Posted by flotz on Saturday, December 11, 2010 | Year End List
  • Orchestraville – Invent The Machine/Poison Berries.  These two records are amazing.  They keep on giving the more I listen.  The production is outta hand, the songwriting impeccable. The more I listen to Invent The Machine, the more I am enamored.  ‘Annual Clearance’ is choice. And different tracks on Poison Berries keep surfacing, discoveries made upon repeat listens.
  • Speak – Speak. Tons of great jazz in Seattle this year, as even recognized by The New York Times. The Flotzam interview with Cuong Vu was just the beginning of discovering much jazz to be had here. Check out some samples from Vu’s band, Speak.
  • Guided By Voices Reunion Tour – Take your pick from a bunch of epic shows, all recorded with great fidelity from the Don’t Stop Now band.
  • The Mommyheads – Finest Specimens – Listen here: http://www.dromedary-records.com/streams/the-mommyheads/finest-specimens/player.html  -- Best of The Mommyheads!
  • Parson Red Heads  - Randomly stumbled on this band and fell for them.


Posted by flotz on Sunday, September 26, 2010 | Album Review

Been waiting a long time for this record. A long time. Like 8 years long. And now Orchestraville’s Poison Berries is at last here. 

Odds are you don’t  know this band. You should. In the 90s, they released some amazing records that defined the avant-pop genre. The compositions of Chris Forbes on those early records remain a hallmark of creativity within – and beyond – the boundaries of song smith mastery.  Their first couple records contain numerous gems that never received the attention they deserved.

For example, check out “Ersatz Love” from the eponymous Orchestraville (1998). Completely amazing:

These guys were so on their game in ‘98.  And then they followed it up At night, it is particularly lovely. (2001). Too hard to pick a favorite track from that one, but if forced, it’ll have to be “Dog As A Catalyst”:

And now after years of no Orchestraville fix, Poison Berries is finally here. The verdict? Well, it would seem that Orchestraville have pulled a Mommyheads.

What does that mean? Well, to explain, we must discuss another seminal yet obscure band from the nineties with a sensibility that defied convention with creative aplomb. In the pantheon of avant-pop, The Mommyheads sit among the stars. Their record Acorn, which can’t even be purchased any longer,cvr_acorn is a masterpiece and their follow ups hold their own, sparkling with the clever crafting of pop oddities.  They then were signed to Geffen and released an eponymously titled record that eschewed the odd in favor of demonstrating proficiency within the genre as opposed to stretching the genre.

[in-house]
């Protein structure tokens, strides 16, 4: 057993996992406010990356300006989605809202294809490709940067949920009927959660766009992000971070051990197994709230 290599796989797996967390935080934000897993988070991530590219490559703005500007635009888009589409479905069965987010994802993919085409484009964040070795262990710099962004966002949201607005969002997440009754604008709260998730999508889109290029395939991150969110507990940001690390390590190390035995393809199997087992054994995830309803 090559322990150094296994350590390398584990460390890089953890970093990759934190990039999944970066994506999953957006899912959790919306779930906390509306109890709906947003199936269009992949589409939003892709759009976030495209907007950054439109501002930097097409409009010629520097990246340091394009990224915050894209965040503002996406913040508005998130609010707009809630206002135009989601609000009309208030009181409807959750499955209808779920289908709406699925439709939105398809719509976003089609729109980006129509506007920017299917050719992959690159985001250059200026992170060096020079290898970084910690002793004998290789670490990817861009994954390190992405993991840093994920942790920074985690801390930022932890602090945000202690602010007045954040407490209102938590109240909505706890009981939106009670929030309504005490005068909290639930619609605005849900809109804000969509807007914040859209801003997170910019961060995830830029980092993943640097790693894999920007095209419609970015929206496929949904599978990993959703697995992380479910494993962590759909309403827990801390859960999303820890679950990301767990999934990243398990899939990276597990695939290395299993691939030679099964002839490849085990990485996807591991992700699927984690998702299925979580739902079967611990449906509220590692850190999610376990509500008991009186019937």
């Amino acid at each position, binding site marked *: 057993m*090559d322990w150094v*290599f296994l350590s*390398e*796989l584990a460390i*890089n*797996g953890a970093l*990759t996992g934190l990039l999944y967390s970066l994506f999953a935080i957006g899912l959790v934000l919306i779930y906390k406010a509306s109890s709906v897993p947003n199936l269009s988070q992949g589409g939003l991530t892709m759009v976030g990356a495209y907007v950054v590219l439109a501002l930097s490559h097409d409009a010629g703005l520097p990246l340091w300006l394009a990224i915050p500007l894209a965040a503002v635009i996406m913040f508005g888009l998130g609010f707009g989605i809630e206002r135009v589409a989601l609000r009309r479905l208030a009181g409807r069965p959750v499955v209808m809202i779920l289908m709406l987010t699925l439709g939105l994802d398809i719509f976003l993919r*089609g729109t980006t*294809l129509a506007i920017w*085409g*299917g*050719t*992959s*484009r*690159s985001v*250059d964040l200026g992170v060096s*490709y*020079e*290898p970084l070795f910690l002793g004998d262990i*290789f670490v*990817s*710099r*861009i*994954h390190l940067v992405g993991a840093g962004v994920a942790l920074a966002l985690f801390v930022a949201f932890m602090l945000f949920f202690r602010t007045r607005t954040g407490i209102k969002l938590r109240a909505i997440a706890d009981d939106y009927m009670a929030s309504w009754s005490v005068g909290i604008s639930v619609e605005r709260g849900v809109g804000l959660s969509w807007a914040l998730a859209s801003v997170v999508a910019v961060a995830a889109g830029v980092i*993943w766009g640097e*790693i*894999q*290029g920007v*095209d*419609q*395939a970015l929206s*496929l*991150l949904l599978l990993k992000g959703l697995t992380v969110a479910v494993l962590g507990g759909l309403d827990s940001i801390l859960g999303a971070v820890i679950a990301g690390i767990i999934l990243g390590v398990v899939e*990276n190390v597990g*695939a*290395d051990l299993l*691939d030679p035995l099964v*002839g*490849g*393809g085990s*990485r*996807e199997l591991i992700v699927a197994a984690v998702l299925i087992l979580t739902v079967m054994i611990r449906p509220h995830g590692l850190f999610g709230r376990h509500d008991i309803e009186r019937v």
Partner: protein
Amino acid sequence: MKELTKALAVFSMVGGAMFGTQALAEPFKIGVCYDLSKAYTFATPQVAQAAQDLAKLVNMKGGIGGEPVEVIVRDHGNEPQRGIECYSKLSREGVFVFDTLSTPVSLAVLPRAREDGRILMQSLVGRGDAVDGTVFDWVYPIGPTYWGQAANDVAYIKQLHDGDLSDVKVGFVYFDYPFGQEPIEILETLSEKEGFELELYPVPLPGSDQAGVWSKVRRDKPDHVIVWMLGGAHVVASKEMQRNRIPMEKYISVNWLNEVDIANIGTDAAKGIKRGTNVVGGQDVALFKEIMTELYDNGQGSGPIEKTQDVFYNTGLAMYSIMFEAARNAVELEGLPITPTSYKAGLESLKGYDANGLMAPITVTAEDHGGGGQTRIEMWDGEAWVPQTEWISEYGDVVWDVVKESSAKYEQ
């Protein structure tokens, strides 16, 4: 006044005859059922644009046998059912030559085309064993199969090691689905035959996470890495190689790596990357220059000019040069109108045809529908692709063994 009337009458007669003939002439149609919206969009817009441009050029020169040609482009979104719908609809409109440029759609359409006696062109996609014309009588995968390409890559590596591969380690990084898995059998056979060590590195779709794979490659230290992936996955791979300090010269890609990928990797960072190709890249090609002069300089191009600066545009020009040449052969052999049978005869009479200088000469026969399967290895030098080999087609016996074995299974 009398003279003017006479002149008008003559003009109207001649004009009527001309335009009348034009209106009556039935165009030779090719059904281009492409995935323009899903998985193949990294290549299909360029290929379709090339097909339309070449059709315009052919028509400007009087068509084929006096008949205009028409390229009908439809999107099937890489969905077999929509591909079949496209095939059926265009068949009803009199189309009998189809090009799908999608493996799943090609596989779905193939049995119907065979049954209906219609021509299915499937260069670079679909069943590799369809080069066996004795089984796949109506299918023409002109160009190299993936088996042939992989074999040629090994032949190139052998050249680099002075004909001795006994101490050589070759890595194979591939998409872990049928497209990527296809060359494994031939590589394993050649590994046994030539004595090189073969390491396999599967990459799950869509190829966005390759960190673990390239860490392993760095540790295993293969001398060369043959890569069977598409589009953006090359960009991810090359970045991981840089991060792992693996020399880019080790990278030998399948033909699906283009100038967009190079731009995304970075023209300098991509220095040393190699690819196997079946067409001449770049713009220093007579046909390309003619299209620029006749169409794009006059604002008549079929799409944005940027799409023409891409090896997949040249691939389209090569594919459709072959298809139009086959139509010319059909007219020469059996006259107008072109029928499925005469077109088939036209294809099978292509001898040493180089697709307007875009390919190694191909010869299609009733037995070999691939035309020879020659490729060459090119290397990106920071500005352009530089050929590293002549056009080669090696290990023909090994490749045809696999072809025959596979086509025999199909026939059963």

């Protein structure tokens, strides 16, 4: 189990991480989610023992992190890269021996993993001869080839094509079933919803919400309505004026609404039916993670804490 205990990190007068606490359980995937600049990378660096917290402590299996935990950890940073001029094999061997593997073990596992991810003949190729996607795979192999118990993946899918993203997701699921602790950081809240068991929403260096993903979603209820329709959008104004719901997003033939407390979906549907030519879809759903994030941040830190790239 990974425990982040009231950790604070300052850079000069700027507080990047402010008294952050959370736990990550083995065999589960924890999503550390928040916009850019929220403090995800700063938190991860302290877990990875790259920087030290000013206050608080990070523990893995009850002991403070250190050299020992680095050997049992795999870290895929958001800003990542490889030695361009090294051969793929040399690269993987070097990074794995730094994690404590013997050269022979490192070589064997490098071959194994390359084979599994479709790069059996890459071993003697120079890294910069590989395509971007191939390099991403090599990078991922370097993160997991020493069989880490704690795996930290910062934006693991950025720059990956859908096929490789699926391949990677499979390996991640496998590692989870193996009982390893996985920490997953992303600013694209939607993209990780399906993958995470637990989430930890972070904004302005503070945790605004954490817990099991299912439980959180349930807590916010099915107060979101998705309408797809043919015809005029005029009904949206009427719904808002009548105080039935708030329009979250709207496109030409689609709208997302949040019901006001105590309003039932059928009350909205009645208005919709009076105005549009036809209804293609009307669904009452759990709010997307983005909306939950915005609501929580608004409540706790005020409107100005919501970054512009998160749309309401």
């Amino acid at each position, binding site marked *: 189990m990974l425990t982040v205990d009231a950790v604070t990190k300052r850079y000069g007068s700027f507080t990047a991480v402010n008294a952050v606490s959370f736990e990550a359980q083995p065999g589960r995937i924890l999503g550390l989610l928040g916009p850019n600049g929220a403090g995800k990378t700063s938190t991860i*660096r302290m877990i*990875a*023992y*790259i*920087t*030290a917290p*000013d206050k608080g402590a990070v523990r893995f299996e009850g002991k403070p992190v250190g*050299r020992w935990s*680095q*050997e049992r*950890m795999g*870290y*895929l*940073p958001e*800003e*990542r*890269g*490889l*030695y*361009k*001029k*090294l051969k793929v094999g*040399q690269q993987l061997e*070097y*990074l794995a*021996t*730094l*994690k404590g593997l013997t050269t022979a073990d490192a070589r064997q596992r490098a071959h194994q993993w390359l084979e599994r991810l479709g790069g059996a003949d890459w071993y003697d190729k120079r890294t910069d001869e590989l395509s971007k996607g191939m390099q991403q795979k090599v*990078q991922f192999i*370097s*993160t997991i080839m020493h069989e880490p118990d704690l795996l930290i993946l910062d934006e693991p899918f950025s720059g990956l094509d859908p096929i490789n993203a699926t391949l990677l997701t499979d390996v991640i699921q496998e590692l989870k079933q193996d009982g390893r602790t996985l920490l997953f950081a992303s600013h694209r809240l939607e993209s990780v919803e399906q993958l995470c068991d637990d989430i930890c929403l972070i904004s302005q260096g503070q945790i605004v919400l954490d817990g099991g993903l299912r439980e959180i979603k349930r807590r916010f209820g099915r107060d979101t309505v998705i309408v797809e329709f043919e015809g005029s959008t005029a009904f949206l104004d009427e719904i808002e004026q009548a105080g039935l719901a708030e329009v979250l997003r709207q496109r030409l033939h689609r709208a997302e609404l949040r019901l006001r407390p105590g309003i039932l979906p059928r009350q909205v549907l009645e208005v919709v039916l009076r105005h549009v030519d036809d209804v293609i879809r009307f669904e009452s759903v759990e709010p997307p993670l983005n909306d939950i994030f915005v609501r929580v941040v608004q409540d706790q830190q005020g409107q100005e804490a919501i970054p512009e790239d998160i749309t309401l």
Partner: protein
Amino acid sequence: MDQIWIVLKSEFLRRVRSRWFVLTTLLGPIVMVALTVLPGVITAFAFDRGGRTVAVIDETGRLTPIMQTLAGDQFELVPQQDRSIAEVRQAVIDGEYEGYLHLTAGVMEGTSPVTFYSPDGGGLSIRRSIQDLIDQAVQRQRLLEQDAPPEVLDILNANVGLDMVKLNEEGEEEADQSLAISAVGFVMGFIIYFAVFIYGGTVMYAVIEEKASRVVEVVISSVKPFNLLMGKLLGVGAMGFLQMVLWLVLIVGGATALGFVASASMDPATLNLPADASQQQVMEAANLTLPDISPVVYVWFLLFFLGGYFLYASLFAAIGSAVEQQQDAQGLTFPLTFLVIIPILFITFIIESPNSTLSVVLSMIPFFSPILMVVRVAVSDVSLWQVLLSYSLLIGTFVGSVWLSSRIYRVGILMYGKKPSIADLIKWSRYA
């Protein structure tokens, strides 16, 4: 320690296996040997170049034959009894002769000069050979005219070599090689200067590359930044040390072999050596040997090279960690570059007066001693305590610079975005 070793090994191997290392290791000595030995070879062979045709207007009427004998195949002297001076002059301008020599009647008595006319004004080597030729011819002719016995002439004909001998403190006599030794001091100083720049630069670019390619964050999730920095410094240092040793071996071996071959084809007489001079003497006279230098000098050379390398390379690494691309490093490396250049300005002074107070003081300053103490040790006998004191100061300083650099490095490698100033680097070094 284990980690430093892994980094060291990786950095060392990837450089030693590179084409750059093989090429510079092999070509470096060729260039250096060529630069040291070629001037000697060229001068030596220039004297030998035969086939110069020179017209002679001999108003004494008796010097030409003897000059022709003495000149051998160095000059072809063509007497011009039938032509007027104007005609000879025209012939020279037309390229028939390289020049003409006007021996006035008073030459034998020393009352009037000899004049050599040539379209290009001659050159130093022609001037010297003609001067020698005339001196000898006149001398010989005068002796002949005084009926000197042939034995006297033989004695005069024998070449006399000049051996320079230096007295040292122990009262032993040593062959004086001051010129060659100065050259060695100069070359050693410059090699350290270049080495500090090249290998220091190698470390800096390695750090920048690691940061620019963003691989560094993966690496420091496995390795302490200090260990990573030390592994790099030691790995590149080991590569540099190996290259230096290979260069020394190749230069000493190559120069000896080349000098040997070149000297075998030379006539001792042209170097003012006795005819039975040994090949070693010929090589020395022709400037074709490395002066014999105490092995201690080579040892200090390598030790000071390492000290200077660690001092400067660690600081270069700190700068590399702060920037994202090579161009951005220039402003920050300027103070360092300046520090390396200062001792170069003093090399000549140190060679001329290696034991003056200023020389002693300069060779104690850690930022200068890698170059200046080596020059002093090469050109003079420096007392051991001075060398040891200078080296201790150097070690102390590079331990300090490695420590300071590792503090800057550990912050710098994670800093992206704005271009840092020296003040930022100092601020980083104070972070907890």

Poison Berries is akin to The Mommyheads big label debut.  Forbes flexes his songcraft muscles here, writing songs with hooks that don’t push boundaries but instead sate the ears.  There are the occasionally signature moments of guitar dissonance, with flat 5ths and chromatic clashes.  But these are few and far between. Most songs are characterized by a maturity, a confidence in pop.

And, overwhelmingly, most of these songs seem wrapped up in a bittersweet plea. These songs are not shimmery. Nor are they sappy.  They contain a melancholia, a resignation that fits in well with the title of the record itself.  Beware the poison berry.  “If yr feelin blue I learned a thing or two about making sorrow seem sublime” – a signature line from the record that characterizes the world weary tone that pervades the record.  Forbes voice is weathered. It cracks, it croons, it yearns without being satisfied. Even on the sunnier tracks, the lyrics belie the poppy sheen. Now, there are a few tracks that branch out: “Thank You Mr. Washington” and “I Take It Back” provide balance to the levity of the other tunes.  But, for the most part, Poison Berries is, well, a bit dark.  In an elliptical way. Lyrics suggest and connote without ever being direct -- the twisted turn of a phrase against a surprise minor chord.

For example, consider “You Wanna Be Like That.”

With a head nodding classical guitar riff and a gorgeous trombone solo, the song is pretty as can be. Yet the lyrics hint at failure and loss, the inability to meet the expectations one sets for one’s self.  The song also has what could be the best line of the record: “dishwashers in hell never see a clean plate.”

In a similar vein is “A Bird Without Wings.”

Again, there is this passive resignation in the song, a failed relationship about competing with one another, comparing one another, bringing one another down. “You picked me out and didn’t even know why.”

This is a mature record.  The production elegant, layers of tasteful guitar, bass lines and drums that compliment rather than overwhelm, and keyboards that round out the sound. The songwriting is top notch; the band is in command.  (Oh, and you can get it on limited edition vinyl too.)

So what is next for Orchestraville? Will we see Forbes muse return? And when?  And in what form will it take this time?